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Insider Trading Charges Dropped Against Former SAC Official, 6 Others

U.S. Attorney Preet Bharara mounted a high-profile investigation of insider trading, but an appeals court has made convictions harder to get
Kathy Willens
U.S. Attorney Preet Bharara mounted a high-profile investigation of insider trading, but an appeals court has made convictions harder to get

U.S. officials have dropped insider trading charges against former hedge fund manager Michael Steinberg, after an appeals court ruling struck down convictions in a related case.

Prosecutors also dropped charges against six cooperating witnesses who had pleaded guilty in the same case.

U.S. Attorney Preet Bharara said in a statement that the charges against the witnesses "would no longer be in the interest of justice."

Today's decision blows a big hole in the government's high-profile investigation of insider trading on Wall Street.

Steinberg, a top official at SAC Capital, was convicted in 2013 and sentenced to three and a half years in prison.

But last year, the 2nd U.S. Circuit Court of Appeals struck down the convictions of hedge fund managers Todd Newman and Anthony Chiasson, ruling that prosecutors had overreached in their case against the men.

Newman and Chiasson traded on the basis of inside information about technology company earnings.

But the court ruled that the insiders who originally passed on the information hadn't received any personal benefit for doing so.

Such a conviction requires "proof of a meaningfully close personal relationship that generates an exchange that is objective, consequential and represents at least a potential gain of a pecuniary or similarly valuable nature," the court said.

The court said "the government must also prove that the defendants — in this case, several steps removed from the initial disclosure — knew they were trading on information of this sort."

After the U.S. Supreme Court refused to review the ruling, Bharara said he decided to drop the charges:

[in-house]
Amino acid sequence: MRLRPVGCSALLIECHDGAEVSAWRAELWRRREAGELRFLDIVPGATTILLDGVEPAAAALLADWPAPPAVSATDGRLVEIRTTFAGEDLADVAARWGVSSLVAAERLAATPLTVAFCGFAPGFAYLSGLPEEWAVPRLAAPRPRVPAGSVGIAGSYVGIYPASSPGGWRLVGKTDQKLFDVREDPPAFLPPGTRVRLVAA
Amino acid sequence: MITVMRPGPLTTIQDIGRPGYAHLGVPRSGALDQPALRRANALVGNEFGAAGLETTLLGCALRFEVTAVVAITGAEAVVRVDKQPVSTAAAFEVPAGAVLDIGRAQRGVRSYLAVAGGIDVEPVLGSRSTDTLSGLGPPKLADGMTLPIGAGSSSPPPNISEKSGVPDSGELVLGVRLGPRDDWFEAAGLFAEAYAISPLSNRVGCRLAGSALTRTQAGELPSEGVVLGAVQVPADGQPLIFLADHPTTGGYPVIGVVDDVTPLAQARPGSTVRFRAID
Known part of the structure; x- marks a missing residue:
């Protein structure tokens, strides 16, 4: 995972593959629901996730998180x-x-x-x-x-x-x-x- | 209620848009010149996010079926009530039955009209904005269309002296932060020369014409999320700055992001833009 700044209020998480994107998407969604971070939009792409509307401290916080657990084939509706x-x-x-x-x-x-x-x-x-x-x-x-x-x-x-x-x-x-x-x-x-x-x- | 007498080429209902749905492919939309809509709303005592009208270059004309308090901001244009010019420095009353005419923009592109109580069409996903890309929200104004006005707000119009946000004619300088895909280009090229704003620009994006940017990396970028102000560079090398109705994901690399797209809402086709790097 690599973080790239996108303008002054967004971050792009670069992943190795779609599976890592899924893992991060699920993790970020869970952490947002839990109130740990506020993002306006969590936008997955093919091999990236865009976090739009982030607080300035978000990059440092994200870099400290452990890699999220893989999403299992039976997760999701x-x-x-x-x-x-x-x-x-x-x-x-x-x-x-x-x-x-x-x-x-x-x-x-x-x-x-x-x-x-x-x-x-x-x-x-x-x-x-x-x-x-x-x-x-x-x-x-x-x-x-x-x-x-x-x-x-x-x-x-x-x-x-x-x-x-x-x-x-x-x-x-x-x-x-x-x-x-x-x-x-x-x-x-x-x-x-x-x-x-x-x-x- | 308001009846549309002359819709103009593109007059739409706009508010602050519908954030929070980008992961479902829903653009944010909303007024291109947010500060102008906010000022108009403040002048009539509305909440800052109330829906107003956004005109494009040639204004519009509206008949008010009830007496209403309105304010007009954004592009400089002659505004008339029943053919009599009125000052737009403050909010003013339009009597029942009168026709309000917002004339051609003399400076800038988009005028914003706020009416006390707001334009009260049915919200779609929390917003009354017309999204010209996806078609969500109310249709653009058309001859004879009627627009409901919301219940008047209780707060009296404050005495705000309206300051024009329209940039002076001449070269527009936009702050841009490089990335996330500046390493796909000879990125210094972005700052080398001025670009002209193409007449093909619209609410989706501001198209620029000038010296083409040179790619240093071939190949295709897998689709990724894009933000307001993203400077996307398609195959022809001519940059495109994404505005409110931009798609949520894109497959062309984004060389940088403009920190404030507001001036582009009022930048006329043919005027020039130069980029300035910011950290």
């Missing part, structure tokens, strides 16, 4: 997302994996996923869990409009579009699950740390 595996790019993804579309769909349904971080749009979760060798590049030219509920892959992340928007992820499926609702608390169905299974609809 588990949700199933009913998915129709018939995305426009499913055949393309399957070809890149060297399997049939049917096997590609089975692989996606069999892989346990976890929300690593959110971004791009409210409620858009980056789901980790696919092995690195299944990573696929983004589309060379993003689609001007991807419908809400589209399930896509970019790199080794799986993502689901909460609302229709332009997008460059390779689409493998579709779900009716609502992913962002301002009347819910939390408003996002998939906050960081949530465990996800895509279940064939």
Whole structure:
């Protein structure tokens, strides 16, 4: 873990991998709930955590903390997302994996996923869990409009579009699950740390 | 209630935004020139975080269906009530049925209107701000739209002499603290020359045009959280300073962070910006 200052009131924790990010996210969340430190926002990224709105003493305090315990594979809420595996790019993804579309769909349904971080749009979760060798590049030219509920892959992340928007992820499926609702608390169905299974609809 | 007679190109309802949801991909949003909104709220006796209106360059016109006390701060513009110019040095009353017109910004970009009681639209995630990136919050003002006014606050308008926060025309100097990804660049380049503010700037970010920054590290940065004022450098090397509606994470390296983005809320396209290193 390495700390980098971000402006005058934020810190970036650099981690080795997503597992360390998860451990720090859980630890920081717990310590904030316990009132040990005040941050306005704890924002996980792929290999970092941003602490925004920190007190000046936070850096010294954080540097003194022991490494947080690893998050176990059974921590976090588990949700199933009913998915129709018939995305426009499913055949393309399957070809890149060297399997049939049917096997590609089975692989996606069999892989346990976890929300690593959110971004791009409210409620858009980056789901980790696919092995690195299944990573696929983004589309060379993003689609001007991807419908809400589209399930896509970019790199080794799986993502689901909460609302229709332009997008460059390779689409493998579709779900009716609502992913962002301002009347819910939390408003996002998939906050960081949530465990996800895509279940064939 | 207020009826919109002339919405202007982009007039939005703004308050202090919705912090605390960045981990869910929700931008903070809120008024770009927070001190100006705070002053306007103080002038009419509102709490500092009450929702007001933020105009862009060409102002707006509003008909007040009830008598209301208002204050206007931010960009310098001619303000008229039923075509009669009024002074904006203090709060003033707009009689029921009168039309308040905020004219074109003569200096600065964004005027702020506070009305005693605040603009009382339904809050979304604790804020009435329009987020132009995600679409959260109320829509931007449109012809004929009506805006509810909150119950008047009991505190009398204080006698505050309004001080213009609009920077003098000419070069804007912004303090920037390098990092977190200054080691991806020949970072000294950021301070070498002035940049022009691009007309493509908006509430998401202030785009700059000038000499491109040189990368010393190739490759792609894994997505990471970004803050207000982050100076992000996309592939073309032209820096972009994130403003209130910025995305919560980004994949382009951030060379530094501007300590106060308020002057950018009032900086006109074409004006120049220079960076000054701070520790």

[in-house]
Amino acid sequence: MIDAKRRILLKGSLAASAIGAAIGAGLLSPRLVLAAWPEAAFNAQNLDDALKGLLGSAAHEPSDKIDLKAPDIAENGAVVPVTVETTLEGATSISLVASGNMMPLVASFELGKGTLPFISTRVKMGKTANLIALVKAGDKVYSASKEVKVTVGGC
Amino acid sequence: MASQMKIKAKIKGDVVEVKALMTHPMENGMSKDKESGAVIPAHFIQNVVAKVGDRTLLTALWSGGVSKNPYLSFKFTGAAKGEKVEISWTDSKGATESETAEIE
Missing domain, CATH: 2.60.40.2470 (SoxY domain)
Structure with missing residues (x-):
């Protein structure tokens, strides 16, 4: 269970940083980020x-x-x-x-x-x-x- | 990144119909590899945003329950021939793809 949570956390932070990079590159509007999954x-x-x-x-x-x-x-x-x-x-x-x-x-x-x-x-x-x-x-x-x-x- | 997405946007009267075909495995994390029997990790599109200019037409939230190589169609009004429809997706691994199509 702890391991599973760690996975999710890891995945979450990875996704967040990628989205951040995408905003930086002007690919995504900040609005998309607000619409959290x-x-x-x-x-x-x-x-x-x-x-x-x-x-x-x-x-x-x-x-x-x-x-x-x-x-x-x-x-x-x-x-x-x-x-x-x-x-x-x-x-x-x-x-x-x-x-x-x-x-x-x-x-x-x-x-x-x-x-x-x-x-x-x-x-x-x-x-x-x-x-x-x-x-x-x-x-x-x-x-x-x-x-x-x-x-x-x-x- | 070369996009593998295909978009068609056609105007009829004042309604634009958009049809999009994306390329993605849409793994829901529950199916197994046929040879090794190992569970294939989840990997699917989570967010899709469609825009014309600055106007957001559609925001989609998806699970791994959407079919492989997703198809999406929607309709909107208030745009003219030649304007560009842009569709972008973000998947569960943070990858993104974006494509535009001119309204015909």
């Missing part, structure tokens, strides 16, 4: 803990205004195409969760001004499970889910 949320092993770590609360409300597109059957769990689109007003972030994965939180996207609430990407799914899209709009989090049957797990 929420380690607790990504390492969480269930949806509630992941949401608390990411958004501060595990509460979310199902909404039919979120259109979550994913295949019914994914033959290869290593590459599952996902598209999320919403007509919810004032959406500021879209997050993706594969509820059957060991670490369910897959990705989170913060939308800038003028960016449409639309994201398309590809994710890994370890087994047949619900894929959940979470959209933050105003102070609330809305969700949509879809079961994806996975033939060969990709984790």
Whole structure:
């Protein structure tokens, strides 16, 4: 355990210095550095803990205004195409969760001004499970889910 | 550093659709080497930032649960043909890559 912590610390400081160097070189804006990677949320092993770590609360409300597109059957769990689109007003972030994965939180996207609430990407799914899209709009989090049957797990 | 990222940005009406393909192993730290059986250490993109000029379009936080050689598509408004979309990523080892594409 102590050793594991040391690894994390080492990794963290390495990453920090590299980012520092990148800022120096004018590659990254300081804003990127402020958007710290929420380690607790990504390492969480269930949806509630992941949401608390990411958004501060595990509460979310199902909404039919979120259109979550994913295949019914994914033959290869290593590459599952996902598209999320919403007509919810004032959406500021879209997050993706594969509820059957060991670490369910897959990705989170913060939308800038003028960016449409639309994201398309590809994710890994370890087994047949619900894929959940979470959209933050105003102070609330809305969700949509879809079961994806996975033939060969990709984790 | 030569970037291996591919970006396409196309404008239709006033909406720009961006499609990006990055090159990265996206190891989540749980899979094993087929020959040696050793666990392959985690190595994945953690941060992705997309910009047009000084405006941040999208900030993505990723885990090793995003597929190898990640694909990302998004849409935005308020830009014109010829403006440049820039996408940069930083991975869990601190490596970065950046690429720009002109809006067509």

"These prosecutions were all undertaken in good faith reliance on what this office and others, including able defense counsel for all those who pled guilty, understood to be the well-settled law before Newman."

Bharara said the ruling would make it much harder to pursue insider trading cases, and was a "potential bonanza for friends and family of rich people with access to material nonpublic information."

Steinberg's attorney, Barry Berke, expressed satisfaction about today's decision:

"Michael Steinberg did not commit any crime and is an innocent man. We hope that his vindication will receive as much attention as his wrongful prosecution."

"We are pleased that the ordeal for Mike Steinberg and his family is over," said Mark Herr, a spokesman for Point72 Asset Management, the company formerly known as SAC.

Roland Riopelle, the attorney for one of the cooperating witnesses, Danny Kuo, said Bharara "chose to do the right thing, even if doing so was not the politically easy thing to do. With this matter behind him, Mr. Kuo looks forward to getting on with the rest of his life."

The other witnesses were Spyridon Adondakis, Sandeep Goyal, Jon Horvath, Hyung Lim and Jesse Tortora.

Copyright 2021 NPR. To see more, visit

Jim Zarroli is an NPR correspondent based in New York. He covers economics and business news.

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